You should have no doubt that lust and affection are the enemies of loving-kindness (metta).
An entire chapter of the Dhammapada is devoted to the dangers of Affection
What the ordinary person with an undeveloped mind thinks of as love is defiled by affection, attachment, possessiveness, and lust. The Visuddhimagga goes into great detail on the way to develop the Brahmavihāra of Metta, saying that first one must get rid of all traces of anger and resentment — the far enemy — before one can begin the practice properly. Then, one should not choose a person of the opposite sex,¹ towards whom sexual desire could easily arise, nor a person who is a close relative, for whom affection and grief could arise. Rather, one should chose a person one holds in great respect such as a teacher or preceptor. It is easier to develop metta towards such a person, without the dangers of lust or affection. If developing metta towards your own mother or father, there might be no danger of lust, but the near enemy of affection could easily arise, and if any harm or danger threatens them, anger or fear might develop due to that affection.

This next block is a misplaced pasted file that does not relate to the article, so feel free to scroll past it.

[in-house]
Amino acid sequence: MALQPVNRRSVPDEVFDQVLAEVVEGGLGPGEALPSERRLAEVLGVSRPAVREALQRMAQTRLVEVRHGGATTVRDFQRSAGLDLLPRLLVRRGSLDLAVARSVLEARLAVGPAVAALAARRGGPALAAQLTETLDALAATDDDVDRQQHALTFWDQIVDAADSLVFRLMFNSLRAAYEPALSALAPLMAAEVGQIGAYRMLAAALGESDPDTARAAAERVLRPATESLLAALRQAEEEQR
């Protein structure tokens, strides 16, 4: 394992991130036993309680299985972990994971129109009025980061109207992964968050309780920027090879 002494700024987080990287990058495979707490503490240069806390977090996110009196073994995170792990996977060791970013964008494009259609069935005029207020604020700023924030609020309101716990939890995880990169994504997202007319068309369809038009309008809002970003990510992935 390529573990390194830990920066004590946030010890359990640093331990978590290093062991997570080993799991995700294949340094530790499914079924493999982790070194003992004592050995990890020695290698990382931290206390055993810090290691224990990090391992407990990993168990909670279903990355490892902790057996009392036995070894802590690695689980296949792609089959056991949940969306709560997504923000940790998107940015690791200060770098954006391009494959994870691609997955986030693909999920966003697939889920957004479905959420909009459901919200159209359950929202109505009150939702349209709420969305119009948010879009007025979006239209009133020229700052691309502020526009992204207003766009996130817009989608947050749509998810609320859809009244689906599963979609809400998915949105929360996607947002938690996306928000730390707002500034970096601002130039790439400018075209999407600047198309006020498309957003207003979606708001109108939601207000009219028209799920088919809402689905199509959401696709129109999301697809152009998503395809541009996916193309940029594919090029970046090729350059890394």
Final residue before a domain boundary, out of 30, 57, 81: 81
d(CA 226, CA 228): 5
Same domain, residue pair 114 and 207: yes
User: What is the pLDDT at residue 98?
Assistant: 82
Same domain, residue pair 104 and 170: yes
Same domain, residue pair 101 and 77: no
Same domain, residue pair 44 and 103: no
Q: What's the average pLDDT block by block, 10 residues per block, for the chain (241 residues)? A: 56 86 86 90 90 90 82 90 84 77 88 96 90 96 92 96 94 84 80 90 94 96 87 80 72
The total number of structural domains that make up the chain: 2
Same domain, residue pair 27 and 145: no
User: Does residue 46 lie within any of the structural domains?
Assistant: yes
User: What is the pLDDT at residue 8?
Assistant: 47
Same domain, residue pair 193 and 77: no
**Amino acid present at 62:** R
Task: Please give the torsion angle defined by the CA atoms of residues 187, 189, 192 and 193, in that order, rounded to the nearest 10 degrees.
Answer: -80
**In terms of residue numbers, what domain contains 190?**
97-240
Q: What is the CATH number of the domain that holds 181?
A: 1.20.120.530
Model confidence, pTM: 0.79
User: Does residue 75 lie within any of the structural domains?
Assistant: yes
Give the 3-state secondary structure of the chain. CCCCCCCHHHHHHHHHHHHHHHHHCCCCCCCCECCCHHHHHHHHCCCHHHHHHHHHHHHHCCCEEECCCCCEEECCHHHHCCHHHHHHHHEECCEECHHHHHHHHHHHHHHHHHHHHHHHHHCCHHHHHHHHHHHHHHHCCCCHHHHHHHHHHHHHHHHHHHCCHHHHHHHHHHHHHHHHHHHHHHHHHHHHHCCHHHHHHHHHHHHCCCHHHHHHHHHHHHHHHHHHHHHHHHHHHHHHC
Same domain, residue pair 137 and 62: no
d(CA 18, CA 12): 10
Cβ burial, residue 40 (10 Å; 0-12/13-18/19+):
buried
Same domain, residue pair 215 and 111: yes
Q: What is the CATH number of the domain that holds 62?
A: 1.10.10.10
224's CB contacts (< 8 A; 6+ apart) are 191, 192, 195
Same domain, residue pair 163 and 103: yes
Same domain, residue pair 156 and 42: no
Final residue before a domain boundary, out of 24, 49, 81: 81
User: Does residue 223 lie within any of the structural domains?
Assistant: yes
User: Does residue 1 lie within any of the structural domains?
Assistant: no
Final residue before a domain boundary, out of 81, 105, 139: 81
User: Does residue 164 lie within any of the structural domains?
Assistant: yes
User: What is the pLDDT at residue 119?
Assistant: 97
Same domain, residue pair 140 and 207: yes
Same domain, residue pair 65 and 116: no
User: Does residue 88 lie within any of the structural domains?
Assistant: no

¹ Presumably homosexuals should do though, as they would be likely to develop lust for a person of the same sex.